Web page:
ABSTRACT: Critical drivers of cancer progression are likely controlled through the actions of transcription factors and cofactors that bind to the genome and form enhancers that stimulate gene expression. We present ChIP-seq analysis of key transcriptional regulators, cofactors and histone modifications that indicate transcriptional activity across a range of different cancer cells. ChIP-seq was performed against the cofactors Med1, Brd4 and CDK7 in MM1.S multiple myeloma cells; Brd4 in Sk-MEL-5 melanoma cells; and H3K9/K14 acetylation in MV4;11 leukemia cells,
Project description:Discovery of the genome-wide location of proteins using ChIP-Seq has allowed global mapping of the key transcription factors and chromatin regulators that control gene expression programs in various cells. Many DNA-associated processes are targeted for disease therapy. This study investigates the functions of small molecule therapeutics that target DNA-associated processes involved of CDK9 and BRD4. Genomic DNA was enriched by chromatin immunoprecipitation (ChIP) and analyzed by Solexa sequencing. ChIP was performed using an antibody against RNAP2, BRD4, CDK9, and CTCF using whole cell extract (WCE) as a background control.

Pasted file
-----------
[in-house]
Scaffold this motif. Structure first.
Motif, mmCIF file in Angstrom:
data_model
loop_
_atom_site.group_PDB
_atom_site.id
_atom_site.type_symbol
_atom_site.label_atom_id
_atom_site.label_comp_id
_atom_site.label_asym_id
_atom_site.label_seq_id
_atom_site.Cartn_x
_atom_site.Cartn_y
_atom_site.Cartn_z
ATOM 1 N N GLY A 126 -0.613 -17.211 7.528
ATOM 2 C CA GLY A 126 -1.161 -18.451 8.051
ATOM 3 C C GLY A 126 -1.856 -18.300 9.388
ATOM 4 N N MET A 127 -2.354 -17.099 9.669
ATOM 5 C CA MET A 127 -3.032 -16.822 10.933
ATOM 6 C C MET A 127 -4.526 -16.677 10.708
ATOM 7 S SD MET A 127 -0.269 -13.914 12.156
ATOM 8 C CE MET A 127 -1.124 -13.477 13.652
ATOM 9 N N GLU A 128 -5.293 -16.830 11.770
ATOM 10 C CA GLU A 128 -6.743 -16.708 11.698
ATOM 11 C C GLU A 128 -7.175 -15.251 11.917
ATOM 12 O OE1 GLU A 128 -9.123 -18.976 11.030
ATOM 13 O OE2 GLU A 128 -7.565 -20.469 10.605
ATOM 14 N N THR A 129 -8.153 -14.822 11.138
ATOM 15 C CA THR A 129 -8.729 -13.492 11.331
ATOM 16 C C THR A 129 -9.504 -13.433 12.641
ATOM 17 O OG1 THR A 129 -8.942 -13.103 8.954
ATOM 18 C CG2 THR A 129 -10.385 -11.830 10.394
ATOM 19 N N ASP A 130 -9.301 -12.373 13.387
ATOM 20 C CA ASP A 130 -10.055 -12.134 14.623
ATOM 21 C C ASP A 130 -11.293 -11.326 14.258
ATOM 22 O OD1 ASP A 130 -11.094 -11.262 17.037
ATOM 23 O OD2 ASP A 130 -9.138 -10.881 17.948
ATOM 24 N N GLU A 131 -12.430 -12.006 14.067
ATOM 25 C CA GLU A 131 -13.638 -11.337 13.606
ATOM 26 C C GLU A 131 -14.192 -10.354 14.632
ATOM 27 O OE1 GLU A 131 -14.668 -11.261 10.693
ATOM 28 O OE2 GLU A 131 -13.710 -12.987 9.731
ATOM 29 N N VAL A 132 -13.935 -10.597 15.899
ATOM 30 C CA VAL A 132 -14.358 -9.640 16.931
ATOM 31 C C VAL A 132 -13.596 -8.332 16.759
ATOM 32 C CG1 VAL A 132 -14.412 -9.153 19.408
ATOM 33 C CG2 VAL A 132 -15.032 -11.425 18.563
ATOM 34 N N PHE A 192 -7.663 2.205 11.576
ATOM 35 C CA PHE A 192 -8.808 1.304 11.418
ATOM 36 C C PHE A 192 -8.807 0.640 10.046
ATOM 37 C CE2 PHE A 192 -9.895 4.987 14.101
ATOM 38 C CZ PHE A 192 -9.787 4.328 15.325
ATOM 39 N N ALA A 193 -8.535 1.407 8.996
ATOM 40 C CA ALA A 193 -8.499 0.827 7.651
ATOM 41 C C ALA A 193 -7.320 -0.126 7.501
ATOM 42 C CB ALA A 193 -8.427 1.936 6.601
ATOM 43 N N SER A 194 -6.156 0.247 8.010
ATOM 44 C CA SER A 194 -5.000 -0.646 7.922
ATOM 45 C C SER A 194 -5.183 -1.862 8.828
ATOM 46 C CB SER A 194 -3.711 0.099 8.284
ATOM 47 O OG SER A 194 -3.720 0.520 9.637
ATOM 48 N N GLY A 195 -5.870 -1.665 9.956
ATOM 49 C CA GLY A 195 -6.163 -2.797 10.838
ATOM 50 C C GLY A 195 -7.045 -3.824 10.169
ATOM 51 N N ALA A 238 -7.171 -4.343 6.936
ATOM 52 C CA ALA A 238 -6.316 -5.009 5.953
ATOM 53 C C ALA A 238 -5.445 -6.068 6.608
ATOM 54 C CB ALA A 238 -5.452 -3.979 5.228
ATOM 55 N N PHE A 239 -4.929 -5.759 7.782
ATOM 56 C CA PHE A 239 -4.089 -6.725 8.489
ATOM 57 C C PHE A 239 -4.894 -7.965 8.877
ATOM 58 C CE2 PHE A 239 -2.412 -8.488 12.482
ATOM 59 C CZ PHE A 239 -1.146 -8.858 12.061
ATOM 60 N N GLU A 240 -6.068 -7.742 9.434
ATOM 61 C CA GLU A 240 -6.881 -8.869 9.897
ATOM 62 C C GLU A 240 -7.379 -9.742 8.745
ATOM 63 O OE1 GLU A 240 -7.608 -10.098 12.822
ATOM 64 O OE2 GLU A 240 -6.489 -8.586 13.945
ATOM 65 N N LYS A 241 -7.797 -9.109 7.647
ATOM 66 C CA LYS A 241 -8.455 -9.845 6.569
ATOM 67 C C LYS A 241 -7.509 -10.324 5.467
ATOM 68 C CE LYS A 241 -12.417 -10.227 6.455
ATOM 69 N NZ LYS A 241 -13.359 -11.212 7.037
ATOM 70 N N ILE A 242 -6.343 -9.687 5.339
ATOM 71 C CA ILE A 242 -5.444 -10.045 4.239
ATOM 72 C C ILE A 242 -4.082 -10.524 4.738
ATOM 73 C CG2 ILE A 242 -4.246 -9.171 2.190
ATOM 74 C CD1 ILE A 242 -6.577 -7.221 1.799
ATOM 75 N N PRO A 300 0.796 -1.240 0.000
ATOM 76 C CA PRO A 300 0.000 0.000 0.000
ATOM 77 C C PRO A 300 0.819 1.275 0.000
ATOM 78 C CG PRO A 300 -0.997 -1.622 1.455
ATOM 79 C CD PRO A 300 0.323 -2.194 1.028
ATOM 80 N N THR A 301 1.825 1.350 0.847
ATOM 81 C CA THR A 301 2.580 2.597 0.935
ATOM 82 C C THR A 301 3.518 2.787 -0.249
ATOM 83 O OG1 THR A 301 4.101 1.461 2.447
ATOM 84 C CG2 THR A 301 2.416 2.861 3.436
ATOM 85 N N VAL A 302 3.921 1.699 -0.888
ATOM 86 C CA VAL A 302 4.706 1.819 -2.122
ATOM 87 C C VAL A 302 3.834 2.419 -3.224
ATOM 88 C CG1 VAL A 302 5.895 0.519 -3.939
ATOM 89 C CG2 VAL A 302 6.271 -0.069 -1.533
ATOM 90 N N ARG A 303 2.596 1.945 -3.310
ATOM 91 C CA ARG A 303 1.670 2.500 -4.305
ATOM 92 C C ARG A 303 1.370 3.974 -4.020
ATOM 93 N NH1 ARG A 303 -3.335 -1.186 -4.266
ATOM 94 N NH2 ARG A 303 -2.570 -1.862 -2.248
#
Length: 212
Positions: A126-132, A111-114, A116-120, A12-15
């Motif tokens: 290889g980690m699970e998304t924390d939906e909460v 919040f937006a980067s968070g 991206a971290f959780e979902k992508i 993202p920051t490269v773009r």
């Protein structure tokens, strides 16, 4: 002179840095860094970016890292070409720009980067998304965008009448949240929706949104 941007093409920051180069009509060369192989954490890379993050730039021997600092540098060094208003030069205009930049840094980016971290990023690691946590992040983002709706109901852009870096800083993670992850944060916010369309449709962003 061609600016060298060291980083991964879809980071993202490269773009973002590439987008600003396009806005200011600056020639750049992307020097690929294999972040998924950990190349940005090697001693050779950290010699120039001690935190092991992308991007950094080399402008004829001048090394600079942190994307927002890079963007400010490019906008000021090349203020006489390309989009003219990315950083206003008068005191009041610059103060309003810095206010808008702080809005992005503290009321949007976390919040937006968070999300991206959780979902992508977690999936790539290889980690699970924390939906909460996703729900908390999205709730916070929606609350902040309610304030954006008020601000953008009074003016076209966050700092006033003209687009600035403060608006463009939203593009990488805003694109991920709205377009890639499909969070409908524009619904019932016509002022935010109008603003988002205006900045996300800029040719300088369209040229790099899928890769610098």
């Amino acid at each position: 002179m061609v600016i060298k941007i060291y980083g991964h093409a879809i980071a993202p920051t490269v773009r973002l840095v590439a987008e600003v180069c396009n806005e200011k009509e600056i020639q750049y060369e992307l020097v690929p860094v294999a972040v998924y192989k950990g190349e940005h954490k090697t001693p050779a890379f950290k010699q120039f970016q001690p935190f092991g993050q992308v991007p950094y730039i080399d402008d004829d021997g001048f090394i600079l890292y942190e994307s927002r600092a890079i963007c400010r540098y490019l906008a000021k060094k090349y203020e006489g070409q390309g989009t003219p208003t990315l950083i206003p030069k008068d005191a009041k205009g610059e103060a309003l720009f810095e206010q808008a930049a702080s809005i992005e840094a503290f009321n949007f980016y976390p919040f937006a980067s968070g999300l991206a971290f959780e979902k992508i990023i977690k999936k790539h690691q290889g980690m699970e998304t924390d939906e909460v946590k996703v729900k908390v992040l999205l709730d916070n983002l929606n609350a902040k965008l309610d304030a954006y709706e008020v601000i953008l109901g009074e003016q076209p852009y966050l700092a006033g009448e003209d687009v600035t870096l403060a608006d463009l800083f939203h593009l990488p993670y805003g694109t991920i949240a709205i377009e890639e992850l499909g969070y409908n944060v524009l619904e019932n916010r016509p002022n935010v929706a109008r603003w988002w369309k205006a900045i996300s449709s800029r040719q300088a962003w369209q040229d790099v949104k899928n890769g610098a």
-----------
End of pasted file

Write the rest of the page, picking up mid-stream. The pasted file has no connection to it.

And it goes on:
Project description:Chromatin regulators have become highly attractive targets for cancer therapy, yet many of these regulators are expressed in a broad range of healthy cells and contribute generally to gene expression. An important conundrum has thus emerged: how can inhibition of a general regulator of gene expression produce selective effects at specific oncogenes? Here we investigate how inhibition of the transcriptional coactivator BRD4 (Bromodomain containing 4) leads to selective inhibition of disease-critical oncogenes in a highly malignant blood cancer, multiple myeloma (MM). We found that BRD4 generally occupies the promoter elements of active genes together with the Mediator coactivator, but remarkably high levels of these two coactivator proteins were associated with a small set of exceptionally large enhancers. These super-enhancers are associated with genes that feature prominently in MM biology, including the MYC oncogene. Treatment of MM tumor cells with the BET-bromodomain inhibitor JQ1 led to preferential loss of BRD4 at super-enhancers and consequent transcription elongation defects that preferentially impact genes with super-enhancers, including the c-MYC oncogene. Super-enhancers were found at key oncogenic drivers in many other tumor cells. Thus, super-enhancers can regulate oncogenic drivers in tumor cells, which in some cells can be preferentially disrupted by BRD4 inhibition, which in turn contributes to the selective transcriptional effects observed at these oncogenes. These observations have implications for the discovery of novel cancer therapeutics directed at components of super-enhancers in diverse tumor types. ChIP-Seq for chromatin regulators and RNA Polymerase II in multiple myeloma, glioblastoma multiforme, and small cell lung cancer